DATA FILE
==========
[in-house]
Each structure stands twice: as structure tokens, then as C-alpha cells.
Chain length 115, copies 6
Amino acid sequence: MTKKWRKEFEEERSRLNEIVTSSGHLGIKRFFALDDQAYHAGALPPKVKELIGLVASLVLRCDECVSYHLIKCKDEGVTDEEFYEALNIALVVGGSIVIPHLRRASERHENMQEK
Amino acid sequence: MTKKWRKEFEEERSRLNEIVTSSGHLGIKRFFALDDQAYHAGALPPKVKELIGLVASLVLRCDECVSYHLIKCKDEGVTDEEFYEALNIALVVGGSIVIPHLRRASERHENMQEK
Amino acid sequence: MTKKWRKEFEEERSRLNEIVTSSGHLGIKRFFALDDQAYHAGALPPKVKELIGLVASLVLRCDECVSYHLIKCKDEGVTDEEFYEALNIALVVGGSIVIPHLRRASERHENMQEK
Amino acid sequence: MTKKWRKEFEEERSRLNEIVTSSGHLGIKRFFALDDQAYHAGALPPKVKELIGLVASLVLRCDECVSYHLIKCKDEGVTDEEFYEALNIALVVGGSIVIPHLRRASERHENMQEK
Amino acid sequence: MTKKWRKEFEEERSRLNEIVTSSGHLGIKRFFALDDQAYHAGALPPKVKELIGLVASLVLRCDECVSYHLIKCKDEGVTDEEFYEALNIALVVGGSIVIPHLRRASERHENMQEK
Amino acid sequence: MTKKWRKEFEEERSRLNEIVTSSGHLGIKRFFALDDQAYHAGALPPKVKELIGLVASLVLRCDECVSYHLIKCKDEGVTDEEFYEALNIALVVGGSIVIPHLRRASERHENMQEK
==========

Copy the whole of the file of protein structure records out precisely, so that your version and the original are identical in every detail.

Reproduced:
[in-house]
Each structure stands twice: as structure tokens, then as C-alpha cells.
Chain length 115, copies 6
Amino acid sequence: MTKKWRKEFEEERSRLNEIVTSSGHLGIKRFFALDDQAYHAGALPPKVKELIGLVASLVLRCDECVSYHLIKCKDEGVTDEEFYEALNIALVVGGSIVIPHLRRASERHENMQEK
Amino acid sequence: MTKKWRKEFEEERSRLNEIVTSSGHLGIKRFFALDDQAYHAGALPPKVKELIGLVASLVLRCDECVSYHLIKCKDEGVTDEEFYEALNIALVVGGSIVIPHLRRASERHENMQEK
Amino acid sequence: MTKKWRKEFEEERSRLNEIVTSSGHLGIKRFFALDDQAYHAGALPPKVKELIGLVASLVLRCDECVSYHLIKCKDEGVTDEEFYEALNIALVVGGSIVIPHLRRASERHENMQEK
Amino acid sequence: MTKKWRKEFEEERSRLNEIVTSSGHLGIKRFFALDDQAYHAGALPPKVKELIGLVASLVLRCDECVSYHLIKCKDEGVTDEEFYEALNIALVVGGSIVIPHLRRASERHENMQEK
Amino acid sequence: MTKKWRKEFEEERSRLNEIVTSSGHLGIKRFFALDDQAYHAGALPPKVKELIGLVASLVLRCDECVSYHLIKCKDEGVTDEEFYEALNIALVVGGSIVIPHLRRASERHENMQEK
Amino acid sequence: MTKKWRKEFEEERSRLNEIVTSSGHLGIKRFFALDDQAYHAGALPPKVKELIGLVASLVLRCDECVSYHLIKCKDEGVTDEEFYEALNIALVVGGSIVIPHLRRASERHENMQEK